Well, we met with the Blood and Marrow Transplant team (BMT) on Thursday. We were scheduled to meet with them at 11:00, so I thought we would be done by Noon. Whoa -- not even close. We were there until close to 4:00 pm. They drew my blood for my lab work, changed my dressing (no more bloody episodes since I came home -- hooray!), then we met with the team. In addition, we met with the Nurse Educator, the Pharmacist, and the Social Worker and got a tour of the unit. Then I got an admission chest x-ray which is a standard operating procedure before admission, I guess. They want a pre-admission to check against a discharge x-ray to make sure nothing is going wrong or sneaking in.
What was it like? Well, the doctor we met with, Dr. Petersen, we had not met before. He was a "no nonsense" kind of guy -- straight to the point. He described the process, answered questions, and gave his own thoughts about the value of transplantation and post-transplant maintenance treatment. He has been working on transplantation back when it was a new therapy, and he has treated a lot of patients. He is very aware of the issues, and the team is very proactive; their goal is to make my hospital stay as boring as possible. To them, and now to me, that means no significant infections, no major transplant issues, no complications. It is a very serious procedure, but because I am still fairly young (although not to teenagers), and in good health otherwise, the risk of major complications is pretty low.
Listening to him talk and his answers to our questions, I thought about Malcolm Gladwell's book Outliers. One of the major points he makes in that book, that I also point out to my students, is that in order to become really good at something, it takes a lot of practice, somewhere in the neighborhood of 10,000 hours. This is why with surgeries and other important medical procedures, you often hear the recommendation that you check with your doctor to see how many of the procedures they have done, how many they do a year, etc. This is all continuous practice and gaining of experience in how to do things even better. I think Dr. Petersen (and by extension his team) has way more than 10,000 hours doing transplants. That comforted me a bit.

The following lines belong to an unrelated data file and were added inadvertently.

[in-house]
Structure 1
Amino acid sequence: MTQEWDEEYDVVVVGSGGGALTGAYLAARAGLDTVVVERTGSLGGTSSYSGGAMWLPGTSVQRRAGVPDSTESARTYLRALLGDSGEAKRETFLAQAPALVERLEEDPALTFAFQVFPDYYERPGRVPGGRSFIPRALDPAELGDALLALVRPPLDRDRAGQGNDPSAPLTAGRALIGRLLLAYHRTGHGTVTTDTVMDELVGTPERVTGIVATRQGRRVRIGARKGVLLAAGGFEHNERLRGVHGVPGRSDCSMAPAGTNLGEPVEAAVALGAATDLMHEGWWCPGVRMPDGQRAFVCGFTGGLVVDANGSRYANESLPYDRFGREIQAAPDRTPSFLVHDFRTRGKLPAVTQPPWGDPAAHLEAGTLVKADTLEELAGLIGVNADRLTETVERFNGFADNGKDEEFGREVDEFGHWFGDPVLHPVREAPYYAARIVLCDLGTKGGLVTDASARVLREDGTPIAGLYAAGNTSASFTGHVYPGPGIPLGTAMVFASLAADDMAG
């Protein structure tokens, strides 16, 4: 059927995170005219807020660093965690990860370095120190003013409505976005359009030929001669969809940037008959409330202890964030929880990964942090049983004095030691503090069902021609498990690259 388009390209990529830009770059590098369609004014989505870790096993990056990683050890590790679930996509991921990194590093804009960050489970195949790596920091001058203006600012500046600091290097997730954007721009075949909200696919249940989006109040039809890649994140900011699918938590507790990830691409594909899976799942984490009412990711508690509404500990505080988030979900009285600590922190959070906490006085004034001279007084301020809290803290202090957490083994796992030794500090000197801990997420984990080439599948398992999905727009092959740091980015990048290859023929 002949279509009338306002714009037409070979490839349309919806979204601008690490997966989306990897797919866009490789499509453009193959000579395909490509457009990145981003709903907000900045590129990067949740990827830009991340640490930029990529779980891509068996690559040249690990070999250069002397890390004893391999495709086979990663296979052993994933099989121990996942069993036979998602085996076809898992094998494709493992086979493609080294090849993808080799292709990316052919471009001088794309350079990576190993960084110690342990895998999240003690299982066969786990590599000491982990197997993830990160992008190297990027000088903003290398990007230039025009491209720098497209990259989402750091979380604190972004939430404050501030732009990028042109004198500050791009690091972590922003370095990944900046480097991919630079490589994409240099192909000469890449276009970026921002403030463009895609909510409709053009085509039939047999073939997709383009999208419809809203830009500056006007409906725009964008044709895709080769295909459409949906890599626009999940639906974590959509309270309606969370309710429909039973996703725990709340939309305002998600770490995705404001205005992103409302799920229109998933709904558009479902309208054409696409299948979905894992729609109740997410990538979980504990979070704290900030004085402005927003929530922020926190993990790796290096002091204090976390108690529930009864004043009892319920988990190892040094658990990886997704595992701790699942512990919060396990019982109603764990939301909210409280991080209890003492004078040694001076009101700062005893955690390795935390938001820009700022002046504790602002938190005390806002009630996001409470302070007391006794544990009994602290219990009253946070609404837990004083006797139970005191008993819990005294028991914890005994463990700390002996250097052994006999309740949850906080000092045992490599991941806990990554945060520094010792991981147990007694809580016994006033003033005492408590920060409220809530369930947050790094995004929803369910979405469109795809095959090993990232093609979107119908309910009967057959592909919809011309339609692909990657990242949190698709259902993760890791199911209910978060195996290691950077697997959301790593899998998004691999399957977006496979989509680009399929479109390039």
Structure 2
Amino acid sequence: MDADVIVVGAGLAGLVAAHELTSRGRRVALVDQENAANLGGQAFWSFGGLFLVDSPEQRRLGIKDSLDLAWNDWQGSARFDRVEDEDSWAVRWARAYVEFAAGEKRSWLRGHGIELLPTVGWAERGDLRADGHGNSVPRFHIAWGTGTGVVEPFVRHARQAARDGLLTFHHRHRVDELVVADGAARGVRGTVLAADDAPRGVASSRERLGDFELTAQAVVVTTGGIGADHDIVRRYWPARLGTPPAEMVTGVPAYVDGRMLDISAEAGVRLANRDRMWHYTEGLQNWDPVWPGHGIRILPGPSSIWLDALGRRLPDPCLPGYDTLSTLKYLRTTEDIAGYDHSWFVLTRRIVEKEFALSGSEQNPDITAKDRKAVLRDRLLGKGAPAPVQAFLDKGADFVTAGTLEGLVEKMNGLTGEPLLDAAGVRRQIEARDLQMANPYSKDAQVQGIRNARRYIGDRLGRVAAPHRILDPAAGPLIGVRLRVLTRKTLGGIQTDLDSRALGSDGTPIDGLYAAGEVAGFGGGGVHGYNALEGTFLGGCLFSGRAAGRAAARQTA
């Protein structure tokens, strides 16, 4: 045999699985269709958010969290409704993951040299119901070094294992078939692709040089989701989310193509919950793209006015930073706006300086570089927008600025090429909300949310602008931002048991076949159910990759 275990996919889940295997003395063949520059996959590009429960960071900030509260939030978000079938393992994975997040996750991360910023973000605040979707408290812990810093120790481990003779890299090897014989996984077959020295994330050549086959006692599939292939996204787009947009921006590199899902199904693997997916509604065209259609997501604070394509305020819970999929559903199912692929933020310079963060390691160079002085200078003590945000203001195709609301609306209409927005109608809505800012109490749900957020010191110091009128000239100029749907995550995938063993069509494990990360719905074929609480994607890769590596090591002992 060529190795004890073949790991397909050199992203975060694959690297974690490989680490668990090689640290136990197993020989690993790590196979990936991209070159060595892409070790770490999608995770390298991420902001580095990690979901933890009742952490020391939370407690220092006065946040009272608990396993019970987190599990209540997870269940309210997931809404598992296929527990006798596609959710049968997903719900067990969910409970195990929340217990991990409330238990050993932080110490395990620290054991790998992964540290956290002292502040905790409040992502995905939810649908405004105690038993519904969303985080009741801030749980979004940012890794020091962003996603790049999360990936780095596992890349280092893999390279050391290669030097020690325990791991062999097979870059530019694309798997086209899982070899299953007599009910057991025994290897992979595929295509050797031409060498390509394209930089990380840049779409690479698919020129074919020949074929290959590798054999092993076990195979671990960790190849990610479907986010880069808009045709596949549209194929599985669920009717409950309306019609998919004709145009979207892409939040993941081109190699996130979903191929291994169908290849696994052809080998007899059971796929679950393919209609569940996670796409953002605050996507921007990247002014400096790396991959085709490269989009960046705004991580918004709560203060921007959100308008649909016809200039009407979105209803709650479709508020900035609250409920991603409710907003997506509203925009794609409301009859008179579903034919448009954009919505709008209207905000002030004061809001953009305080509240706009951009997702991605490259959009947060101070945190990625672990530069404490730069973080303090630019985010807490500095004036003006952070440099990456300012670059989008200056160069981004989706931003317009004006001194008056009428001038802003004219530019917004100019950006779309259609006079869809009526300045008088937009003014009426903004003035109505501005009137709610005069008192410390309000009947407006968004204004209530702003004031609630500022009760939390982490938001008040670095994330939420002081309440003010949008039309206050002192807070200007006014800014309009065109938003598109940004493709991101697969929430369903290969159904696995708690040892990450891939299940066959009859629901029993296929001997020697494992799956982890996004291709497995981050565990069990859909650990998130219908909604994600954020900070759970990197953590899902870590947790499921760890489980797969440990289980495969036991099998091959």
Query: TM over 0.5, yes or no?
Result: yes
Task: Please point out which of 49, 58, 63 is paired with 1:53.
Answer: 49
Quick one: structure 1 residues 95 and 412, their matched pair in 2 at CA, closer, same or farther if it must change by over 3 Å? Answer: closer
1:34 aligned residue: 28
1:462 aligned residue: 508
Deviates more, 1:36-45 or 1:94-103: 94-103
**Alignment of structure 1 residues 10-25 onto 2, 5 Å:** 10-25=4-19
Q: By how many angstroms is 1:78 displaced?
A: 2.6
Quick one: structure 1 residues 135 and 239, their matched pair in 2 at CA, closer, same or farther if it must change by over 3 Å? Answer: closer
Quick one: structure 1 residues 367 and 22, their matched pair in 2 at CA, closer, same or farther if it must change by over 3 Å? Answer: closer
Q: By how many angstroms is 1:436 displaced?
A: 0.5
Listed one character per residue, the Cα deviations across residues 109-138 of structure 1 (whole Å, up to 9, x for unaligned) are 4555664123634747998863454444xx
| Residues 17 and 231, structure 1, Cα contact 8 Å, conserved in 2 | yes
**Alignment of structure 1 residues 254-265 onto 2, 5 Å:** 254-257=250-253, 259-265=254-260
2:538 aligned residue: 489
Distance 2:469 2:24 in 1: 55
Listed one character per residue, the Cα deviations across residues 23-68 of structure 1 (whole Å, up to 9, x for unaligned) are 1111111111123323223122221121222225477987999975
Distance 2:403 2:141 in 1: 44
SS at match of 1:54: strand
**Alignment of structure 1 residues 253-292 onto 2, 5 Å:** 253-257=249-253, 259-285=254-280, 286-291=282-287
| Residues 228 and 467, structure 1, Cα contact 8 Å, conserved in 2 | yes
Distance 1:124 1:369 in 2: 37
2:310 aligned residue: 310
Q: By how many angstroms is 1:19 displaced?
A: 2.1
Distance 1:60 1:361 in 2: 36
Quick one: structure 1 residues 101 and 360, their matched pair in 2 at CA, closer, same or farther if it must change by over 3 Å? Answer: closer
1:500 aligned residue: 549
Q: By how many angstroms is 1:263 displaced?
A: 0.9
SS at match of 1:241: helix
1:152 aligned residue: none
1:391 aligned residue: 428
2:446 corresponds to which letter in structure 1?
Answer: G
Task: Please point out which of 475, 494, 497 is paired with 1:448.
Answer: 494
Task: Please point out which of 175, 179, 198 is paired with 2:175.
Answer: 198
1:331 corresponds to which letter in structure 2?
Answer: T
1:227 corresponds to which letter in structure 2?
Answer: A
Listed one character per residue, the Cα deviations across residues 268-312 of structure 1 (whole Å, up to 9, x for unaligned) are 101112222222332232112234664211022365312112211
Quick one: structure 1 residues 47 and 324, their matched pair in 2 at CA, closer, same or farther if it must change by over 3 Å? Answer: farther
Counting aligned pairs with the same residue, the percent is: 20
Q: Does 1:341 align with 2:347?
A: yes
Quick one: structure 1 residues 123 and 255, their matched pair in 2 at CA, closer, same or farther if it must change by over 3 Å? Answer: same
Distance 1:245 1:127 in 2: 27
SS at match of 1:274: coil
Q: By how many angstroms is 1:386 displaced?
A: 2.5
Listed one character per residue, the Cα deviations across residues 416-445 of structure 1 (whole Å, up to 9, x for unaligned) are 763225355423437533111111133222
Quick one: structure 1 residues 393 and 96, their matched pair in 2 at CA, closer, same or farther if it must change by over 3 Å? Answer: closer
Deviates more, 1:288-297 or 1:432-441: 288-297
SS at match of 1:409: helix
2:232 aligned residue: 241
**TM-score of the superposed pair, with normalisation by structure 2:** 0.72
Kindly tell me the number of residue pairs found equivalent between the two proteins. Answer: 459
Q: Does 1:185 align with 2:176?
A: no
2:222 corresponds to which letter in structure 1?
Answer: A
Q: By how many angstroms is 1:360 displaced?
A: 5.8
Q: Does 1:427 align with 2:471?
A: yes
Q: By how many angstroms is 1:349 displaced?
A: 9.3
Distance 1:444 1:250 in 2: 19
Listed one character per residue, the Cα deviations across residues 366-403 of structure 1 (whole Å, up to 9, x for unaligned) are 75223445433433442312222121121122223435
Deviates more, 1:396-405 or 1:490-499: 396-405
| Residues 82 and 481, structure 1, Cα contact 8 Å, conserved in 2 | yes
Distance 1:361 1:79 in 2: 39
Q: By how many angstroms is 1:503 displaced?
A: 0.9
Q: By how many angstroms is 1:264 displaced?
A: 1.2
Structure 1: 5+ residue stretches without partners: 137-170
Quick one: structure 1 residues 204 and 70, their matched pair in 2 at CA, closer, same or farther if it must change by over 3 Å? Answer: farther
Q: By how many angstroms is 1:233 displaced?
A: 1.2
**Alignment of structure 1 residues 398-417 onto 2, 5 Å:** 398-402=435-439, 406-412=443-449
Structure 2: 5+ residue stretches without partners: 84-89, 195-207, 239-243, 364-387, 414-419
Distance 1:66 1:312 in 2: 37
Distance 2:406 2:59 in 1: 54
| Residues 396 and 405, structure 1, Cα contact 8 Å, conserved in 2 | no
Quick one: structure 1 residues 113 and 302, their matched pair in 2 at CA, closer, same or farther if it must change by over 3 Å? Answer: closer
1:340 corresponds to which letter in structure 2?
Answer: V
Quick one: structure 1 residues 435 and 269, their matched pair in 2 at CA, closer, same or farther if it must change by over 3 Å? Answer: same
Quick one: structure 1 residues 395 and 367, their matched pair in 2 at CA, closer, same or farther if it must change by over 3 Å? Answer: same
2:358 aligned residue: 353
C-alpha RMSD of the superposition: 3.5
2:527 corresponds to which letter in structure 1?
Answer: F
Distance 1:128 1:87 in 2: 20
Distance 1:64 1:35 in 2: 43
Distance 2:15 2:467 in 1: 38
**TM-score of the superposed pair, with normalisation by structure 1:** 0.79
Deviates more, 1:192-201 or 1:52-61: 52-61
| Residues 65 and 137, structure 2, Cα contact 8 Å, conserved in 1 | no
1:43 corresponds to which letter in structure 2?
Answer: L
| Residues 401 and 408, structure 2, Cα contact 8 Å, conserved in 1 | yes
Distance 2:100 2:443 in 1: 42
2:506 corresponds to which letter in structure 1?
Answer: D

I think this process will be difficult. He described steps they take to minimize risks, to reduce side effects like mouth sores and risks of infection, and how closely they monitor patients. I appreciate all of that, but I am under no illusions this will be a cake walk. That said, I also fully agreed with Dr. Petersen's overall philosophy about transplantation. He doesn't think it will cure my cancer. His goal is to "buy time", to give patients more years of life and better quality of life. That time gives medicine the chance to continue to make progress -- and in myeloma and other cancers, that progress has been significant. He said that there are those, including himself, that still hope that they will find a cure for myeloma in his lifetime. No guarantees there, but every year is another year with my sweetheart, another year to enjoy my kids, to help others, and to try and make the world a better place. The goal is to make myeloma a chronic disease that we treat until we get to a cure.
Even though this will be hard, I'm in with that philosophy and those goals. As my friend Carine Clark (a cancer survivor) said to me recently:
"A mountain, like a marathon, is just one step in front of the other.....Yeah. And I wouldn't be wary of it. I'd attack that mountain. I'd embrace it. It could save your life or at least keep you here a lot longer. Say thank you that you have the option."
So, thank you, Lord. I go into the hospital on Monday.